Neda: Thai floods, low demand led to export dip
The National Economic and Development Authority (Neda) said that the weak performance of merchandise exports last November was largely due to supply chain disruptions caused by the flooding in Thailand and low global spending, among others.
Earlier, the National Statistics Office (NSO) reported that exports in November dropped 19.4 percent year on year to $3.342 billion.
Neda noted that exports of manufactures declined on account of the poor performance of semiconductors, electronic data processing units and automotive electronics. The agency also said that the flooding in Thailand disrupted semiconductor sales, citing information from the Semiconductor Industry Association (SIA).
“However, this trend is not unique to the country as worldwide sales of semiconductors suffered a 2.4-percent decline in November 2011,” said Socioeconomic Planning Secretary Cayetano W. Paderanga Jr., who is also Neda director general.
Thailand itself posted negative growth in exports. In November, outbound shipments contracted 12.5 percent as most industries had to scale back production because of difficulties brought on by flooding, Paderanga said.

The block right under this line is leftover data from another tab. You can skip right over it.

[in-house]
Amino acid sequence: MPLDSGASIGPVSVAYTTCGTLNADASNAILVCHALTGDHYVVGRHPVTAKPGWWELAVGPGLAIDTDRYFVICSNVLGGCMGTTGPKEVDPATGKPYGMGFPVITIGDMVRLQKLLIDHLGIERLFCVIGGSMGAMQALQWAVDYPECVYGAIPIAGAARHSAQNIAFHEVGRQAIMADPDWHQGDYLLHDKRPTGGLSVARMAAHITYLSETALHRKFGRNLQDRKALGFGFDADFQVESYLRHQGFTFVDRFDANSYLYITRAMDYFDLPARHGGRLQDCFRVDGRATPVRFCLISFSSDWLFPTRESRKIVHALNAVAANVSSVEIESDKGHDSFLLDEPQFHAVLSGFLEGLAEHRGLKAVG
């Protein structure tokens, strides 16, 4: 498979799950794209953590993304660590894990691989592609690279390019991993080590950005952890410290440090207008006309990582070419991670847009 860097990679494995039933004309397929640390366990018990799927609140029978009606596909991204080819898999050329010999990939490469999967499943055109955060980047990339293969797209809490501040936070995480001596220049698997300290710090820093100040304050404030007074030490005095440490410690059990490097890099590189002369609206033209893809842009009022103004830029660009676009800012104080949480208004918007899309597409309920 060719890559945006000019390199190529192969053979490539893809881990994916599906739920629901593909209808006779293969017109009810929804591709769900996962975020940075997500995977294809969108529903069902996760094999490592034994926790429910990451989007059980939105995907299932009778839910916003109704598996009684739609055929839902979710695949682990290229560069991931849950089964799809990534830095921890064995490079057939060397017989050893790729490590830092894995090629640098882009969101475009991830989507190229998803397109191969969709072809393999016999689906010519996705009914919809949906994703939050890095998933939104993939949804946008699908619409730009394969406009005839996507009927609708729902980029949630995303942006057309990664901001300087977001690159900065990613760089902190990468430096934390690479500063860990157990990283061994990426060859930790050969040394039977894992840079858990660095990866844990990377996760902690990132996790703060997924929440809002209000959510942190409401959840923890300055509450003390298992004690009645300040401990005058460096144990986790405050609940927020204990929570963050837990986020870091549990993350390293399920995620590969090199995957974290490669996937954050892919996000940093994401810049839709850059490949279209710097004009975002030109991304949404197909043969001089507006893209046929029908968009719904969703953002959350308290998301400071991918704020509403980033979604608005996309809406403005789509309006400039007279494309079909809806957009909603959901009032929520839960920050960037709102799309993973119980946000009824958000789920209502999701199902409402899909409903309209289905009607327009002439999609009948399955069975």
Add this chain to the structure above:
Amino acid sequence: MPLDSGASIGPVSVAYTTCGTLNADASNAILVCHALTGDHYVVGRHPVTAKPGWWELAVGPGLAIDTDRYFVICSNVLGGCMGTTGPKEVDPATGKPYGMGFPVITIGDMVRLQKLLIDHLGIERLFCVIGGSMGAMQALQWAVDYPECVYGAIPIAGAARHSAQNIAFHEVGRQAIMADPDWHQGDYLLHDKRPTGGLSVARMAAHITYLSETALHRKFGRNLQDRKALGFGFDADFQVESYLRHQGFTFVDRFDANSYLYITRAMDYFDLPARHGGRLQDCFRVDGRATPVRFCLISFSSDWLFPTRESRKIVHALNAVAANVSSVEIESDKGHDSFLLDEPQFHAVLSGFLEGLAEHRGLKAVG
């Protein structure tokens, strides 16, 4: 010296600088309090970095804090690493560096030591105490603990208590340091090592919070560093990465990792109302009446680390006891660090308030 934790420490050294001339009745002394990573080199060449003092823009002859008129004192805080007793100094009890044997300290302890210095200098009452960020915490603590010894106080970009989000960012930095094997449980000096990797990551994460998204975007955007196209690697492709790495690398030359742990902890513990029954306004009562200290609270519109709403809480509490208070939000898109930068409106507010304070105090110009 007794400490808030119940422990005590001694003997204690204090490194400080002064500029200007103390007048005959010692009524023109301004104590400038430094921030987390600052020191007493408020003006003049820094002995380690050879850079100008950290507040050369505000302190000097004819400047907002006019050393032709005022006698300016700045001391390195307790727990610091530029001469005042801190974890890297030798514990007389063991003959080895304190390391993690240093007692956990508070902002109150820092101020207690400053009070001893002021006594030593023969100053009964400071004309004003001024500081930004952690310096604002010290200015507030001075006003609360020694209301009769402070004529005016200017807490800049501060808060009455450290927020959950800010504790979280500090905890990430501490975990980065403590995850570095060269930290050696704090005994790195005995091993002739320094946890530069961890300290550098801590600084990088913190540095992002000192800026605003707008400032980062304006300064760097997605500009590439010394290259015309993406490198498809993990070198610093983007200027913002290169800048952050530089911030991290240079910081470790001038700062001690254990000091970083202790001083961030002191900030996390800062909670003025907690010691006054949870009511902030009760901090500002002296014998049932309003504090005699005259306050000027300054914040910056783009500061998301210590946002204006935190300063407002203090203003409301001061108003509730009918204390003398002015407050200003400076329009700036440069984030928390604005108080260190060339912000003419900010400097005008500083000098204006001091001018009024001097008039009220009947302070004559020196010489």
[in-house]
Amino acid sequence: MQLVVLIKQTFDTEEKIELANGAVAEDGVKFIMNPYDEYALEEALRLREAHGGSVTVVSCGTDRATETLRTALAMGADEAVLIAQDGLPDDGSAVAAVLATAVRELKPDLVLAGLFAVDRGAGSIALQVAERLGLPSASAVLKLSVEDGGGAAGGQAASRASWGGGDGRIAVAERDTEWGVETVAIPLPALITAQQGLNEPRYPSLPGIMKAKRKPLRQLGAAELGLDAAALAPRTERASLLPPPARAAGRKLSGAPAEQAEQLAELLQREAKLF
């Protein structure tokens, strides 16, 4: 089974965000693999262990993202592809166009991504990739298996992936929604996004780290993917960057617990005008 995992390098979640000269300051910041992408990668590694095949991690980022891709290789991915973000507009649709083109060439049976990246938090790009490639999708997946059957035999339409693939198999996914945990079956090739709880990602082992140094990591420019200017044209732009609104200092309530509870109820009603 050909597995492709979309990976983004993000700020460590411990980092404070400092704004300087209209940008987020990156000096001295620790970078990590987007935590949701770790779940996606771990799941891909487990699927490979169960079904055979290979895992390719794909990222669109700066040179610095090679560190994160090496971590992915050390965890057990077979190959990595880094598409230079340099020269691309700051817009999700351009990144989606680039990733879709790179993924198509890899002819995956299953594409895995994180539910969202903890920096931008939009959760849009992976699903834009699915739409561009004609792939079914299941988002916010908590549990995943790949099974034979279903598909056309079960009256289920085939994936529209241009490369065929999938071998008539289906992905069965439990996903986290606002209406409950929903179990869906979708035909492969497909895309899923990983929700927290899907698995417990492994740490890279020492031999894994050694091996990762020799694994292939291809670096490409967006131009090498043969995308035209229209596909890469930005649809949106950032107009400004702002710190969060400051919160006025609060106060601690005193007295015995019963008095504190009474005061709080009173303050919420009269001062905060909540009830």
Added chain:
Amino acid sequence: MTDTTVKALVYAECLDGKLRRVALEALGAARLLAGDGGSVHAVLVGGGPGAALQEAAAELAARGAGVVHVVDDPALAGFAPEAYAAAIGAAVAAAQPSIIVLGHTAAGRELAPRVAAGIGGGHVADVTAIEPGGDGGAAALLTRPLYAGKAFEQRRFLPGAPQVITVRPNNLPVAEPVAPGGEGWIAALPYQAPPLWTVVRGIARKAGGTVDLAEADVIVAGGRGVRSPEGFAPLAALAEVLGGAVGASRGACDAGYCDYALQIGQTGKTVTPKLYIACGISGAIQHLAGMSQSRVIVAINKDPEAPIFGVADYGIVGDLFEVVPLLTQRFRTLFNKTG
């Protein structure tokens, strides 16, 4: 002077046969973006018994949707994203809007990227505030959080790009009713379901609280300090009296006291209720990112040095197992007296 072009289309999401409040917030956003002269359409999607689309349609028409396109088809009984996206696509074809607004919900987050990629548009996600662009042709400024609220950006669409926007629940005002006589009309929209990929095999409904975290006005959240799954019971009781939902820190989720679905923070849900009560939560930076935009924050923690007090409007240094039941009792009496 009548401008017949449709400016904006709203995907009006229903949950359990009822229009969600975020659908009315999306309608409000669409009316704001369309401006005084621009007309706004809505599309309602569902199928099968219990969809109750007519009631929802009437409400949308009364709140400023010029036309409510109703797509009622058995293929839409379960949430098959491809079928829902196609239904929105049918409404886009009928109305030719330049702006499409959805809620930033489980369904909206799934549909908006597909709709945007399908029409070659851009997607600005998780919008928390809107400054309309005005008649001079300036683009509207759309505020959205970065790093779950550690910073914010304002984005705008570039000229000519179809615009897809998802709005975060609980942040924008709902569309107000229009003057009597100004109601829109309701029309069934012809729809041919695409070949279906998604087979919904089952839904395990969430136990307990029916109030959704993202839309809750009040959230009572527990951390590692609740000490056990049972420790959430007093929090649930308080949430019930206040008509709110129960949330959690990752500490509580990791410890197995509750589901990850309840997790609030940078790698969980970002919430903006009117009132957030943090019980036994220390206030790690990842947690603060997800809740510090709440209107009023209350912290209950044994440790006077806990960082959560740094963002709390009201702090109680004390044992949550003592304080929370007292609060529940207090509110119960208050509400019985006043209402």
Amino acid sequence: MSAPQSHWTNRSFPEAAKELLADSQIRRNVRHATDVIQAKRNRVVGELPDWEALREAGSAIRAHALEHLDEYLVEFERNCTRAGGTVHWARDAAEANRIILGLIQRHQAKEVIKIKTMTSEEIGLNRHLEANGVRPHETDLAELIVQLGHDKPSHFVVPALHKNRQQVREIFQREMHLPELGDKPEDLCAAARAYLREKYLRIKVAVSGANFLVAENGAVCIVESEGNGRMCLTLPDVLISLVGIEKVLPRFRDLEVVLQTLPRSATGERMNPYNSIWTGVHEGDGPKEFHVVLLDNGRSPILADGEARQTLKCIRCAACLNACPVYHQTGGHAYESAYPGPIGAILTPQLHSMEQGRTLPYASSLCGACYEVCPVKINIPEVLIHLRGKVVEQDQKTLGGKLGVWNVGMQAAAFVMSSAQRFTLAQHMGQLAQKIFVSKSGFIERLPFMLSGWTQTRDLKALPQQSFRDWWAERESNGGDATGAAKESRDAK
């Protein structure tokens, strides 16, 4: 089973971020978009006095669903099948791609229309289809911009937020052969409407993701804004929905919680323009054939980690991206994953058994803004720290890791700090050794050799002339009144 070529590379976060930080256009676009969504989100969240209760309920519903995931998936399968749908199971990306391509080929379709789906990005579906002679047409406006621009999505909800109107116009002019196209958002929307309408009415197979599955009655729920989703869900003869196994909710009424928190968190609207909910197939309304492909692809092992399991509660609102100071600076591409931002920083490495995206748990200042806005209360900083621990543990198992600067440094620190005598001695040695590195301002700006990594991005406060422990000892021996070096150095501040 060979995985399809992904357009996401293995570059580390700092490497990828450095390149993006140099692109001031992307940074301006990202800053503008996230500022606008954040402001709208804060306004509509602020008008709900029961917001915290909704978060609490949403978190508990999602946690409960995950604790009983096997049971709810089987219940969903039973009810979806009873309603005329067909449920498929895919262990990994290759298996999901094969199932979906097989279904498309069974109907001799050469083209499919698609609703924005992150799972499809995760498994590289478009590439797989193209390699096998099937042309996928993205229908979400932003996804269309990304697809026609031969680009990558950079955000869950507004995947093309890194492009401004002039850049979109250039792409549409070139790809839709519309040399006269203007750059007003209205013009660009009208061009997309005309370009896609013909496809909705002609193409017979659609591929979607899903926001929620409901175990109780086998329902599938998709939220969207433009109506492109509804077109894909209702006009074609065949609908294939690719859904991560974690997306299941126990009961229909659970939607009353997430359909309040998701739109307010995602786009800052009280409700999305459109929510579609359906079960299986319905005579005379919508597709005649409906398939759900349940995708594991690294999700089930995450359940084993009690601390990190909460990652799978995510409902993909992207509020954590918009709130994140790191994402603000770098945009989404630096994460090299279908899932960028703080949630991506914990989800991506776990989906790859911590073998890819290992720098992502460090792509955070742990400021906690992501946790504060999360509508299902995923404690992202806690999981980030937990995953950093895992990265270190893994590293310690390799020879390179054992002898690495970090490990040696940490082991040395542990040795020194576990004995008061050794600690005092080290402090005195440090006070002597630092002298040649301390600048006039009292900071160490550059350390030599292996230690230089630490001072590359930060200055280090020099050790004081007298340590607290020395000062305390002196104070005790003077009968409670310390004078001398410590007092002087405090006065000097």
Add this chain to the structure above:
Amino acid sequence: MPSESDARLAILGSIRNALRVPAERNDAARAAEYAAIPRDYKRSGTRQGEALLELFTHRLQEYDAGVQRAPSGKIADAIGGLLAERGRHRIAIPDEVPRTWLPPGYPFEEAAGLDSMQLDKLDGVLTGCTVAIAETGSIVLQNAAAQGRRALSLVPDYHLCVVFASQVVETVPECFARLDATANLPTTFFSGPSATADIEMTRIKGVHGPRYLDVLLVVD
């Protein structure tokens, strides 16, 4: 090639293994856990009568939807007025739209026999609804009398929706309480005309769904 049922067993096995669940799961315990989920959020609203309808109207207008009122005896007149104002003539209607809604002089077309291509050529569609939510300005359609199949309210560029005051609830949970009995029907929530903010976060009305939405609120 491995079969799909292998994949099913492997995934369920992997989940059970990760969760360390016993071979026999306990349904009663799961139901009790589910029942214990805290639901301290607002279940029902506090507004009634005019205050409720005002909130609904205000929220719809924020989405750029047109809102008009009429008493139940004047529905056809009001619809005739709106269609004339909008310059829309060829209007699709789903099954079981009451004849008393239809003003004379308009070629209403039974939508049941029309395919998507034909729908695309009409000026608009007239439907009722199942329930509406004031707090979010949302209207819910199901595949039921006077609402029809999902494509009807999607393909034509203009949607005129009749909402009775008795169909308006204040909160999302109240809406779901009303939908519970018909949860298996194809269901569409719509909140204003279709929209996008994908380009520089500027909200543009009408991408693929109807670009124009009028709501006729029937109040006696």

Yet, “in addition to decelerating exports growth, the very small share of the Philippines in the exports market is also worth noting,” Paderanga said. “In contrast, neighboring countries are experiencing higher export growth rate, and the revenues from exports were also at much higher levels in November 2011.”
He said that the country, through the Export Development Council, the Department of Trade and Industry and Department of Agriculture should adopt a concrete plan to capture a larger share of the global export market.
Despite the contraction in total merchandise exports, Paderanga pointed out that several export commodity groups, such as agro-based products, minerals and forest products, managed to eke out gains in November.
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